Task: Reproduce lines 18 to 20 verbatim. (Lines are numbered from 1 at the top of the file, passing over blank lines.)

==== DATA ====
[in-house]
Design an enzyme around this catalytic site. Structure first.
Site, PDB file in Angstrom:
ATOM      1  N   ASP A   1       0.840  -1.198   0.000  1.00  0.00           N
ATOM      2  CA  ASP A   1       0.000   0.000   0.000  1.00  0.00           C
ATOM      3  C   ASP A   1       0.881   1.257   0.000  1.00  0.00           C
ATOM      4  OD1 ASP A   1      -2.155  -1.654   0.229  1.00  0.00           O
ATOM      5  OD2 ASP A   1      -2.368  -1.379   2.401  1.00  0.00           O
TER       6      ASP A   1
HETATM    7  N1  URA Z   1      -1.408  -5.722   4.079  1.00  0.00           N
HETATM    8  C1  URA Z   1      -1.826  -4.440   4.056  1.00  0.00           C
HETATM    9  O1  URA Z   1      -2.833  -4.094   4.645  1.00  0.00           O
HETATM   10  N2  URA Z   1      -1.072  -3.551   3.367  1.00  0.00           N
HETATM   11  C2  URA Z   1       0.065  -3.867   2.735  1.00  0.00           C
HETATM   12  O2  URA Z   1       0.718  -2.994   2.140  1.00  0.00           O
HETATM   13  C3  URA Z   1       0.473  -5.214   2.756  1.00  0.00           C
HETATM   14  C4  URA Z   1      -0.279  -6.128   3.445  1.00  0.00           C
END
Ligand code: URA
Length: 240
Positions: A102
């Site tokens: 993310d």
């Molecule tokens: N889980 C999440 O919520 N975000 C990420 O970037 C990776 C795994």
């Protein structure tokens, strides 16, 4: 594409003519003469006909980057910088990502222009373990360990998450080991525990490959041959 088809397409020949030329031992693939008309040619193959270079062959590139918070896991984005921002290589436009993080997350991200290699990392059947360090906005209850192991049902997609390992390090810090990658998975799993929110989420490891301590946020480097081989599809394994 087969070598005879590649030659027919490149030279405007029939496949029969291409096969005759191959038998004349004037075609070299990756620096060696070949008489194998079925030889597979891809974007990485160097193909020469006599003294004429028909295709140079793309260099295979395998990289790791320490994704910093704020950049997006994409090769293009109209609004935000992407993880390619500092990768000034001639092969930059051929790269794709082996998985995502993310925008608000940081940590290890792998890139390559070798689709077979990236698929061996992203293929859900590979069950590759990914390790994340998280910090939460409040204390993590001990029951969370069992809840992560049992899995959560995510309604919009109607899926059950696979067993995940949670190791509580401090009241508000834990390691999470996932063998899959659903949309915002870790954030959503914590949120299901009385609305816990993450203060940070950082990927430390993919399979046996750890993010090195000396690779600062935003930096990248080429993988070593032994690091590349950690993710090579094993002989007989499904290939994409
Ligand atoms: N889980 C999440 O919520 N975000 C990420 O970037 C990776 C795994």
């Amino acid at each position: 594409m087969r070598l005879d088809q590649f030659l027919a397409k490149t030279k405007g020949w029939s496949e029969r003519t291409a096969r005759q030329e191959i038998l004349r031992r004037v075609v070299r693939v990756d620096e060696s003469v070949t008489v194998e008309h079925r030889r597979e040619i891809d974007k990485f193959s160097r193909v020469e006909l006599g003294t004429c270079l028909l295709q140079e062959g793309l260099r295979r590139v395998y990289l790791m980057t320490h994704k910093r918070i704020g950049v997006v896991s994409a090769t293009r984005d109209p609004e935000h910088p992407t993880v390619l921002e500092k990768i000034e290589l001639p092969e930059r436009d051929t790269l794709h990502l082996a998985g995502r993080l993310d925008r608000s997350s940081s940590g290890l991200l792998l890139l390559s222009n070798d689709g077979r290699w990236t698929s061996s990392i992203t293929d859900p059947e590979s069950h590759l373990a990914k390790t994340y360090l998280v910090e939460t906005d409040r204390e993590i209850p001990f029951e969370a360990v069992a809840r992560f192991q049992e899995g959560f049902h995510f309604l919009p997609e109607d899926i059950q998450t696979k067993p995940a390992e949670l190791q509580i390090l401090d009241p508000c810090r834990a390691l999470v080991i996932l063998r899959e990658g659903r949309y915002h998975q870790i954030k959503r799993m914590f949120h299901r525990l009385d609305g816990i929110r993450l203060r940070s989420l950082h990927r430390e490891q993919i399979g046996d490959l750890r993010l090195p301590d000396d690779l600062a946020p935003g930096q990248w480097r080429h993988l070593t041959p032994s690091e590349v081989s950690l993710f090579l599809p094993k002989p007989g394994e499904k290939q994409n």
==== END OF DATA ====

END
Ligand code: URA
Length: 240